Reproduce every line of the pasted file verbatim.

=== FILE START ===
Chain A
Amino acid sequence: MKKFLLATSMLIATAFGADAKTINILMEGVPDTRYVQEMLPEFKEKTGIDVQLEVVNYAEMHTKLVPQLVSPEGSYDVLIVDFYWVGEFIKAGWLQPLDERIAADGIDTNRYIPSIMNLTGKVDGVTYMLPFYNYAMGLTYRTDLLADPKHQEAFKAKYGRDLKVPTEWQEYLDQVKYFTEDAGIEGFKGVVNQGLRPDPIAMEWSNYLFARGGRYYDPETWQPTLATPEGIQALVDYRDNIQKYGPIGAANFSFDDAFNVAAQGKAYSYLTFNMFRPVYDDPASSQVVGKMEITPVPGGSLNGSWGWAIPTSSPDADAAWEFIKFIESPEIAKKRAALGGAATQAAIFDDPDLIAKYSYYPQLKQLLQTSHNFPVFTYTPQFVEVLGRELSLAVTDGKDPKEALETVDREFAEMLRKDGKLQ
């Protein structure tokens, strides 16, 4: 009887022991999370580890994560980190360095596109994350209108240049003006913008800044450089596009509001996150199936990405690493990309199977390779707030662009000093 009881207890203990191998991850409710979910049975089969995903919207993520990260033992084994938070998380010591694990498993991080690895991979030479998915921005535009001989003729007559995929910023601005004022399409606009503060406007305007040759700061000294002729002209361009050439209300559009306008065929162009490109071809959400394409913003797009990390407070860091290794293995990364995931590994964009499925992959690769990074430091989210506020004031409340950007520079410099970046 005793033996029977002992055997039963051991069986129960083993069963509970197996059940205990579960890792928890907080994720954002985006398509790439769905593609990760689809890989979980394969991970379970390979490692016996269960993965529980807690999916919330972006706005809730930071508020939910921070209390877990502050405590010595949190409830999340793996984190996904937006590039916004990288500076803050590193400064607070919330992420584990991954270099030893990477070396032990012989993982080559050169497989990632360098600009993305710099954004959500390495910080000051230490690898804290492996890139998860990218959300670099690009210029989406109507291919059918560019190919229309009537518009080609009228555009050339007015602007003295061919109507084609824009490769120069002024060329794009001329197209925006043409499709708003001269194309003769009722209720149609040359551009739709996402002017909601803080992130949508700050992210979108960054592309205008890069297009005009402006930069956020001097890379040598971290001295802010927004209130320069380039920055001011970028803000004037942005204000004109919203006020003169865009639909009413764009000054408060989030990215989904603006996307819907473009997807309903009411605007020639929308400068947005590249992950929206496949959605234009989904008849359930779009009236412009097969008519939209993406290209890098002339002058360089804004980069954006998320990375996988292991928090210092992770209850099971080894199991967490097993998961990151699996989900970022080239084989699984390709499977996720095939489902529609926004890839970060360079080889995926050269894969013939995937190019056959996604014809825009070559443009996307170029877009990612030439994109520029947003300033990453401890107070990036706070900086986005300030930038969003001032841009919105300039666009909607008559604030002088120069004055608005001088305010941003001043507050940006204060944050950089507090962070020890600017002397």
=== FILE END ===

Chain A
Amino acid sequence: MKKFLLATSMLIATAFGADAKTINILMEGVPDTRYVQEMLPEFKEKTGIDVQLEVVNYAEMHTKLVPQLVSPEGSYDVLIVDFYWVGEFIKAGWLQPLDERIAADGIDTNRYIPSIMNLTGKVDGVTYMLPFYNYAMGLTYRTDLLADPKHQEAFKAKYGRDLKVPTEWQEYLDQVKYFTEDAGIEGFKGVVNQGLRPDPIAMEWSNYLFARGGRYYDPETWQPTLATPEGIQALVDYRDNIQKYGPIGAANFSFDDAFNVAAQGKAYSYLTFNMFRPVYDDPASSQVVGKMEITPVPGGSLNGSWGWAIPTSSPDADAAWEFIKFIESPEIAKKRAALGGAATQAAIFDDPDLIAKYSYYPQLKQLLQTSHNFPVFTYTPQFVEVLGRELSLAVTDGKDPKEALETVDREFAEMLRKDGKLQ
């Protein structure tokens, strides 16, 4: 009887022991999370580890994560980190360095596109994350209108240049003006913008800044450089596009509001996150199936990405690493990309199977390779707030662009000093 009881207890203990191998991850409710979910049975089969995903919207993520990260033992084994938070998380010591694990498993991080690895991979030479998915921005535009001989003729007559995929910023601005004022399409606009503060406007305007040759700061000294002729002209361009050439209300559009306008065929162009490109071809959400394409913003797009990390407070860091290794293995990364995931590994964009499925992959690769990074430091989210506020004031409340950007520079410099970046 005793033996029977002992055997039963051991069986129960083993069963509970197996059940205990579960890792928890907080994720954002985006398509790439769905593609990760689809890989979980394969991970379970390979490692016996269960993965529980807690999916919330972006706005809730930071508020939910921070209390877990502050405590010595949190409830999340793996984190996904937006590039916004990288500076803050590193400064607070919330992420584990991954270099030893990477070396032990012989993982080559050169497989990632360098600009993305710099954004959500390495910080000051230490690898804290492996890139998860990218959300670099690009210029989406109507291919059918560019190919229309009537518009080609009228555009050339007015602007003295061919109507084609824009490769120069002024060329794009001329197209925006043409499709708003001269194309003769009722209720149609040359551009739709996402002017909601803080992130949508700050992210979108960054592309205008890069297009005009402006930069956020001097890379040598971290001295802010927004209130320069380039920055001011970028803000004037942005204000004109919203006020003169865009639909009413764009000054408060989030990215989904603006996307819907473009997807309903009411605007020639929308400068947005590249992950929206496949959605234009989904008849359930779009009236412009097969008519939209993406290209890098002339002058360089804004980069954006998320990375996988292991928090210092992770209850099971080894199991967490097993998961990151699996989900970022080239084989699984390709499977996720095939489902529609926004890839970060360079080889995926050269894969013939995937190019056959996604014809825009070559443009996307170029877009990612030439994109520029947003300033990453401890107070990036706070900086986005300030930038969003001032841009919105300039666009909607008559604030002088120069004055608005001088305010941003001043507050940006204060944050950089507090962070020890600017002397």